Most transportation-related problems are ultimately attributable to the high kinetic energy of fast, heavy motor vehicles. The challenge is to find a way to lower the kinetic energy of personal travel dramatically, without compromising any of the benefits of motor vehicle use or suburban living. I believe that the only way to achieve this is to create two autonomous and universally accessible travel networks: one for fast-heavy vehicles, the other for low-speed, light transportation modes.
The town plan and transportation system proposed here offers a safe, convenient, clean, and pleasant environment. It should be attractive to households without requiring economic or regulatory incentives or injunctions. The requisite technologies, and analyses of their economic and social impacts, are available now.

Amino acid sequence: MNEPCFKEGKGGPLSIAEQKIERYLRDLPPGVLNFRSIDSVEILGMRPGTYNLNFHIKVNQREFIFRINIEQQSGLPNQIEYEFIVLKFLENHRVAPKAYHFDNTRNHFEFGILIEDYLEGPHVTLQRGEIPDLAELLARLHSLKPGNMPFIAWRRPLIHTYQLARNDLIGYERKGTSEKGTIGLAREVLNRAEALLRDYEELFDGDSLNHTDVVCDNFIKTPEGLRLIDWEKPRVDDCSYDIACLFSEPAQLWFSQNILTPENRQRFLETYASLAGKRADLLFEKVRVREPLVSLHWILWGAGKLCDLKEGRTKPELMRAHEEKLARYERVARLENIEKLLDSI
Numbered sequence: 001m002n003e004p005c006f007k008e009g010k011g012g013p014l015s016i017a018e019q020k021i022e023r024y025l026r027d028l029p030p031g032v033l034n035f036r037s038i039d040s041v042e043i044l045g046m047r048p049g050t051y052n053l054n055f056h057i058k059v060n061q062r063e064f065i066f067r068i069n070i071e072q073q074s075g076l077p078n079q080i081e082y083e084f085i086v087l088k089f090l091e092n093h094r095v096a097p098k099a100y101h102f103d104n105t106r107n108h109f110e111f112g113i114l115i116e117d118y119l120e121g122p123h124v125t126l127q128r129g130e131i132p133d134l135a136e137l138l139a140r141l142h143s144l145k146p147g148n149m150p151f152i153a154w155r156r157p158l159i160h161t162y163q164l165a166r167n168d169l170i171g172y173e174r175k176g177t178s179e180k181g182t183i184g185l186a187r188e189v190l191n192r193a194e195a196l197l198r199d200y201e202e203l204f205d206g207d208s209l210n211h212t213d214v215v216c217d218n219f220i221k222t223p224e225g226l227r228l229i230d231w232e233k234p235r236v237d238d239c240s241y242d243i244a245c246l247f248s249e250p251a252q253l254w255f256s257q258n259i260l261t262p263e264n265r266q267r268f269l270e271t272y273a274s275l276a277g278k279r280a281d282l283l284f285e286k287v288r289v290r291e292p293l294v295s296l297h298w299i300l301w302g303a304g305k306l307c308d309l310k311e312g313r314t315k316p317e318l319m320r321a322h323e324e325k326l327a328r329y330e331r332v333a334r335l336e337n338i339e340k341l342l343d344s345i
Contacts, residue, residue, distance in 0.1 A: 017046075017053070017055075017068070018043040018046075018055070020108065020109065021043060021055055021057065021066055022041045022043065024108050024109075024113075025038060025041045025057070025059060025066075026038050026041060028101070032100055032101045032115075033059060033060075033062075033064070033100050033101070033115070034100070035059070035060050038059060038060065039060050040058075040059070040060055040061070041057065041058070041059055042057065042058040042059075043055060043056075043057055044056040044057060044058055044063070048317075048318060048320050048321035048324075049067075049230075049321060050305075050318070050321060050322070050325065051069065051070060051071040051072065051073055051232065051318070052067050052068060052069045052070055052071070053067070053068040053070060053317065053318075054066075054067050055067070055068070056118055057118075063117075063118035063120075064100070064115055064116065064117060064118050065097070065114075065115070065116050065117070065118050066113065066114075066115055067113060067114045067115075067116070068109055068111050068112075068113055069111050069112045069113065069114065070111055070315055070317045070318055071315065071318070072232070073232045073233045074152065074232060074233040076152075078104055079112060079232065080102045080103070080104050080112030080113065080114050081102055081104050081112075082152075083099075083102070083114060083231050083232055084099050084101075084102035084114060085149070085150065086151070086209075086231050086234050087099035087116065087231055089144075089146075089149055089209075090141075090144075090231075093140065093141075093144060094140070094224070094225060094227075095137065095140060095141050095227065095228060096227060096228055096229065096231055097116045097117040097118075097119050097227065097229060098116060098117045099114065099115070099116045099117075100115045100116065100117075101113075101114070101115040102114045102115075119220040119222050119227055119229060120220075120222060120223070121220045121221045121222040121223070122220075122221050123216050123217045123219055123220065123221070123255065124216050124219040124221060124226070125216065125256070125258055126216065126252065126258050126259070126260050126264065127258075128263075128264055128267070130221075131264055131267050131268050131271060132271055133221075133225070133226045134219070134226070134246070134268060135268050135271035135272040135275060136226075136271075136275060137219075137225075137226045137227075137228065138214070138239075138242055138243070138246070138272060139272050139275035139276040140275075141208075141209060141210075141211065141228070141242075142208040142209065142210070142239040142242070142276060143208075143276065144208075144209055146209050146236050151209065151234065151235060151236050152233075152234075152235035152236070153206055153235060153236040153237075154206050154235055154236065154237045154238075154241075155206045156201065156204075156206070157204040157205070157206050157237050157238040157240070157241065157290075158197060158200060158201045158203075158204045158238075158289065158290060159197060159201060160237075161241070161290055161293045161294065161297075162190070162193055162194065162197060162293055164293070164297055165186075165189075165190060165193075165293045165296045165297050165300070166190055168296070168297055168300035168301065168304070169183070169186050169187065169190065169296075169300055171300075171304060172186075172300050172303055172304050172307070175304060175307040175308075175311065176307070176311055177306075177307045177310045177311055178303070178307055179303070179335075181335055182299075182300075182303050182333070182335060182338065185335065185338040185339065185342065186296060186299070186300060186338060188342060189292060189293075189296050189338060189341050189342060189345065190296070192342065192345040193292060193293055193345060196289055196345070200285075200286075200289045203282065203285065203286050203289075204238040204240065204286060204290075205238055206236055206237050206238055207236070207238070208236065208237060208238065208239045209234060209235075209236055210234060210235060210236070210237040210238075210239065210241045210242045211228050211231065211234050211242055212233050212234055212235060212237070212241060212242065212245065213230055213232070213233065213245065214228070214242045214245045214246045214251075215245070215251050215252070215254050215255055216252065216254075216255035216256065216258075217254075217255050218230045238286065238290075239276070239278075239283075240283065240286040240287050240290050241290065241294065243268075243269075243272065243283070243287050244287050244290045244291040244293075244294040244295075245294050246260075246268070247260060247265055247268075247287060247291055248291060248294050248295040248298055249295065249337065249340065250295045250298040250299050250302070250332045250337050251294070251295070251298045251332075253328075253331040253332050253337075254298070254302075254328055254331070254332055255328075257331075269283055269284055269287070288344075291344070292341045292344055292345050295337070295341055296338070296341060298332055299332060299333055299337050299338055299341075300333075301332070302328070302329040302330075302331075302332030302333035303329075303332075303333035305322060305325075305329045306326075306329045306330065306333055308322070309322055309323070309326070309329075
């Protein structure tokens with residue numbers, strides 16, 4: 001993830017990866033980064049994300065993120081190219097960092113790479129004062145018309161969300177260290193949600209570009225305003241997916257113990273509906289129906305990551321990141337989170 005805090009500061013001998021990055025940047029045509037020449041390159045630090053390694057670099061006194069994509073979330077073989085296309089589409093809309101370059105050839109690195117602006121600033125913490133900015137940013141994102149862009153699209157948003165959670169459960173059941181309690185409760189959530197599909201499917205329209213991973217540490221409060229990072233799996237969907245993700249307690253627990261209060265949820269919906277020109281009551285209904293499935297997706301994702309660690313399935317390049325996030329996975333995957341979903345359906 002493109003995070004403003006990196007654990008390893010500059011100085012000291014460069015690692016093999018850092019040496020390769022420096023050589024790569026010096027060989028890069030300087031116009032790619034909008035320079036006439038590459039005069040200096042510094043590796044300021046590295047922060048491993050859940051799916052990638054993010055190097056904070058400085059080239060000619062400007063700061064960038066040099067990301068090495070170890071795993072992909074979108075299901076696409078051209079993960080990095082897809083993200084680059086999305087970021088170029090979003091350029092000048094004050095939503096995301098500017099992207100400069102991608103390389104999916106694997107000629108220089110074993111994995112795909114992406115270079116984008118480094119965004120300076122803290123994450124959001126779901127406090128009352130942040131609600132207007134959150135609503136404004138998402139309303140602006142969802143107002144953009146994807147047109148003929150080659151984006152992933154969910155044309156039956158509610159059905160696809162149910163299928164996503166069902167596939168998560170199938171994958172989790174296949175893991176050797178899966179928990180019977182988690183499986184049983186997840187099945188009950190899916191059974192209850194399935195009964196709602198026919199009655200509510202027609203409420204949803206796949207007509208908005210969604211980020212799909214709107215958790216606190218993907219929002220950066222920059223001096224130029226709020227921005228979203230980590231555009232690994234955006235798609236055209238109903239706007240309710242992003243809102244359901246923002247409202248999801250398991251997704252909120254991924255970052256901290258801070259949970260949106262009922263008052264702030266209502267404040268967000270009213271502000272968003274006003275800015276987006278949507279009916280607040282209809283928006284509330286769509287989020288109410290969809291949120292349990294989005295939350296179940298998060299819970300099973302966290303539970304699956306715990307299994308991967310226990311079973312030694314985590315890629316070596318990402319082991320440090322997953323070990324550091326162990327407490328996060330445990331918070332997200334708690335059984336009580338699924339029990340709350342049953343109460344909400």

An additional benefit, somewhat ancillary to the motivations of most urban planners, is a positive impact of such systems on sustainability. Dual-mode systems have the promise of reducing demand for certain nonrenewable resources, of decreasing the energy use in transportation, and of ameliorating transportation-related impacts on water quality. Because sustainable actions are ultimately personal choices, two-mode systems encourage choices that simultaneously improve both perceived quality of life and sustainability. This approach may thus serve as an example of the sort of more general planning that can ultimately enhance links between society and sustainability.
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